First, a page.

The clear trail message is “Ride and Walk Right – Pass Left.” This conflicts with conventional on- the road guidance with is, for pedestrians, “walk on the left side facing traffic” and, for people on bicycles, “ride on the right with traffic” where in both cases “traffic” means “motor vehicle traffic.” We frequently see both people walking and on bicycles flaunting this common sense rule at their own peril. While walking (jogging, running) facing traffic is wise in that one can “stop on a dime” and jump out of the way, riding facing traffic confuses people in cars and provides no means to “jump” out of the way. It is also illegal. This wrong-way-riding puts other people on bicycles at risk. It also risks making a collision a head-on one rather than a “rear-ender” or sideswipe.
With the apparent universal move to allow e-vehicles to ride in bicycle lanes and on multiuse paths, the need for a firm trail protocol is even more essential. In all cases, the faster traveler (joggers vs. walkers, inline skaters vs. joggers, bicycles vs. joggers, etc.) must yield to the slower.
Regrettably, if New York State Department of Transportation, the Federal Highway Administration, Empire State Trail, Parks and Trails New York, and New York State Parks and Recreation have any guidance on trail etiquette, it is well hidden. Accordingly, we have to rely on secondary sources for guidance.
Some of these are as follows:
- “Go With The Flow – Despite a few crazy trail traffic concepts out there, such as “Walk Left — Ride Right,” staying to your right when trail traveling is the proper way to go. Faster travelers will overtake slower movers by passing on their left: joggers pass walkers, bladders pass joggers, and cyclists pass bladders and so on. Obviously, there can be a lot of passing on congested bikeway sections. Be patient and don’t crowd out oncoming traffic by passing too hurriedly.” SOURCE: https://www.ohiobikeways.net/tips.htm
- “Trail Use for Walkers – Walkers are almost the slowest trail user. All of the others are faster and will be coming from behind to pass. Walk on the right side of the trail, slowest traffic keep right; pass on left. SOURCE: https://www.miamivalleytrails.org/safety-trail-etiquette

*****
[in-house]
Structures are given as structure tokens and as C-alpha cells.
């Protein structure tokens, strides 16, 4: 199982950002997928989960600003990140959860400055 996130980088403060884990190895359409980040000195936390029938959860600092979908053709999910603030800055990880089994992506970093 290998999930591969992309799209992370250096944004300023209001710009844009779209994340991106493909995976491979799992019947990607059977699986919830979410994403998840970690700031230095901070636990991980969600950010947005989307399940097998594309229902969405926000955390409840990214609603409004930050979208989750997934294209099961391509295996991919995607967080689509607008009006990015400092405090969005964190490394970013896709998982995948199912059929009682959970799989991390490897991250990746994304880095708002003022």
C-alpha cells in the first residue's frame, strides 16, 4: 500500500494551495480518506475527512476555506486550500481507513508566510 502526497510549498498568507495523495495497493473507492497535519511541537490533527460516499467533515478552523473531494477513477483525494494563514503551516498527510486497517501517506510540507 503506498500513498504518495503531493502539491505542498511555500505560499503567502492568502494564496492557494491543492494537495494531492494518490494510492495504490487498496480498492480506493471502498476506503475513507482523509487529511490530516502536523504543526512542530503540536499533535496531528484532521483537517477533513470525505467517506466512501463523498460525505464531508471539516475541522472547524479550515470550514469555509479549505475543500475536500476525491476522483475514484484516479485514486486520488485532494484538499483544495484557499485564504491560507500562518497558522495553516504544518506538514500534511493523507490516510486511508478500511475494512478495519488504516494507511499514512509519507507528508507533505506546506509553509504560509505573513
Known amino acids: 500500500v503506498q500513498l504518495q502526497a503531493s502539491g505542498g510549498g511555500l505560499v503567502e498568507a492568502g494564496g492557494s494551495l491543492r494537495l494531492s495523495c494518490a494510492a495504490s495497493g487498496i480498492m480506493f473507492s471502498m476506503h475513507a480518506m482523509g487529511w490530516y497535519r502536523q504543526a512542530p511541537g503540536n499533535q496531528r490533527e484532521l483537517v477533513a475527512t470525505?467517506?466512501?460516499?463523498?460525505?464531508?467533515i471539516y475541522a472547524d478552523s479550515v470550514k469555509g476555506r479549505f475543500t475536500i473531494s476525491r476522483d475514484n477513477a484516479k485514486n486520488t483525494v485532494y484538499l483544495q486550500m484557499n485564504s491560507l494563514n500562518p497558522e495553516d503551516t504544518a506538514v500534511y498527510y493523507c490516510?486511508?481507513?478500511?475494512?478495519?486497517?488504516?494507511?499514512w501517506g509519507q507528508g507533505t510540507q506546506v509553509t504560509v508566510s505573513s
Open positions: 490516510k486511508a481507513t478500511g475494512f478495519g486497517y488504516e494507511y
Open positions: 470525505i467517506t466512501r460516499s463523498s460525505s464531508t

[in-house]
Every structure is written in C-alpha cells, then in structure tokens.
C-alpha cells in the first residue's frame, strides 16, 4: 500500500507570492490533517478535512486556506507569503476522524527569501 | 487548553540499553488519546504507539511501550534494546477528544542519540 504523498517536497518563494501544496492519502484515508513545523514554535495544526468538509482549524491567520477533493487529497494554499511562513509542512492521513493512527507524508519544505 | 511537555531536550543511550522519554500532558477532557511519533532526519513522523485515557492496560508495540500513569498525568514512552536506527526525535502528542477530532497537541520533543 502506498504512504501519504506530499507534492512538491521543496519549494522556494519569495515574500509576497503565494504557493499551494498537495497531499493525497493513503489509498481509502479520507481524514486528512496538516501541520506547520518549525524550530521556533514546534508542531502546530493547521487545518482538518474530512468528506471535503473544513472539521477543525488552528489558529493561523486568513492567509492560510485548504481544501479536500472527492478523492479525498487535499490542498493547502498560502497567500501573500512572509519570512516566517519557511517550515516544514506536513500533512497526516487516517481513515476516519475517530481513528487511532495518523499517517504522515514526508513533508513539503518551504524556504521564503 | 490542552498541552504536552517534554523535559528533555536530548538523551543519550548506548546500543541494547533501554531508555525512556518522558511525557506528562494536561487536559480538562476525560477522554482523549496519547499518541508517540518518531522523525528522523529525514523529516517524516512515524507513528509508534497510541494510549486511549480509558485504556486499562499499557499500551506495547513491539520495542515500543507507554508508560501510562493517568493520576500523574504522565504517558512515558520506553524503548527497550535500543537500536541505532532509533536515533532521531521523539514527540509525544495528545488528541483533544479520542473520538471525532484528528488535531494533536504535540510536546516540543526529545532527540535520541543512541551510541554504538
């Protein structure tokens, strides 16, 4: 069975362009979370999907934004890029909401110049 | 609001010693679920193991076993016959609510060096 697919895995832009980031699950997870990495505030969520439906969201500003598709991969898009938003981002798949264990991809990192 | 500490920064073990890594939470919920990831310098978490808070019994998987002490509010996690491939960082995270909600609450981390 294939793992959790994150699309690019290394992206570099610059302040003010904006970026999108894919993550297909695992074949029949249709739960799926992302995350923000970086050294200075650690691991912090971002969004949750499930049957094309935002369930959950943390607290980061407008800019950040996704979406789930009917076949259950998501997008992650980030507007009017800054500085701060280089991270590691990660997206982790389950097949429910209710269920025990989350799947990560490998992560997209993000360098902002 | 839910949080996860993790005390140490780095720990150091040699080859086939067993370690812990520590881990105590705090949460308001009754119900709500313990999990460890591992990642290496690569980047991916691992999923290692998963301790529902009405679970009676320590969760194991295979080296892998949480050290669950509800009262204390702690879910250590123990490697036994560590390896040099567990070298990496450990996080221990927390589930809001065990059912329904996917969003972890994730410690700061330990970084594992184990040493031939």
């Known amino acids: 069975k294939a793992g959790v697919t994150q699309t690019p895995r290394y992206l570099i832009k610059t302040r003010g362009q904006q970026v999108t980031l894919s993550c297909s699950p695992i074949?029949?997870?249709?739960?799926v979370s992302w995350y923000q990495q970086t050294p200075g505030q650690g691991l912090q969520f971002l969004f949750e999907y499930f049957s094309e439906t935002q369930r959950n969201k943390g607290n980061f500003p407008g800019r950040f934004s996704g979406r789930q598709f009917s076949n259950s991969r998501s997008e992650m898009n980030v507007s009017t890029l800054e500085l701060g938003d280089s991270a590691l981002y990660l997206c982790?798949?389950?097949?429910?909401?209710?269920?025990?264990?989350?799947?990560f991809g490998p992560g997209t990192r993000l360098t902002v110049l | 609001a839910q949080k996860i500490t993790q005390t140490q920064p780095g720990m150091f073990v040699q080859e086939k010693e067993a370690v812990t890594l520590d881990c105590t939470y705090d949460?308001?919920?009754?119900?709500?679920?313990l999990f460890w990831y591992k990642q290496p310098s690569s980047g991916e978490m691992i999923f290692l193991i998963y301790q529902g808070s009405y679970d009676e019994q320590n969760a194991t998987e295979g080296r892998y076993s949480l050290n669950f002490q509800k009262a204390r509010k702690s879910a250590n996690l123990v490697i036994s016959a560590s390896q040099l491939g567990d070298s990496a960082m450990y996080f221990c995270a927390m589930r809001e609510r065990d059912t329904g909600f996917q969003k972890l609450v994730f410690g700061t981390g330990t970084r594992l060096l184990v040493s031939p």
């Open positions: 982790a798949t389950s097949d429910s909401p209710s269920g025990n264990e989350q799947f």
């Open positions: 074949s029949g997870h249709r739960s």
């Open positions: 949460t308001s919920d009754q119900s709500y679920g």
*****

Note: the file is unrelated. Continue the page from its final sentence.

- “Safety Tips: Just like out on the road, faster trail users should pass slower users on the left. Give an audible warning with a bell, or call out ‘Passing on your left!’” SOURCE: https://www.miamivalleytrails.org/safety-trail-etiquette
- “Trail Use for Bicyclists – Bikes are the fastest traffic on the trail. Very fast riding is inappropriate for the trails and should be done on public roadways. Warn slower moving traffic that you are passing. Sound your bell or say loudly before you get to the other traffic ‘On Your Left.’ The speeds of a bike make it possible to startle other trail users, so don’t wait to give your warning until you are right next to the walker or runner. Do give enough time.” SOURCE: https://www.miamivalleytrails.org/safety-trail-etiquette
- See video at SOURCE: https://bikeleague.org/content/sharing-trail
- “Be Cool, It’s a Bike Path – HOW TO BE SAFE AND HAVE MORE FUN THE NEXT TIME YOU ROLL DOWN A MULTI-USE PATH – Ride right, pass left. Act like a car in these situations. Right for travel, left for passing.” SOURCE: https://www.bicycling.com/rides/a20044207/be-cool-its-a-bike-path/
- See video for “Rule #2” at SOURCE: https://www.railstotrails.org/experience-trails/share-the-trail/
- See “GUIDELINES FOR MULTI-USE TRAILS AND PATHS” SOURCE: http://www.bikemn.org/education/minnesota-bicycling-handbook/rules-for-paths-a-trails (you may have to copy and paste this URL)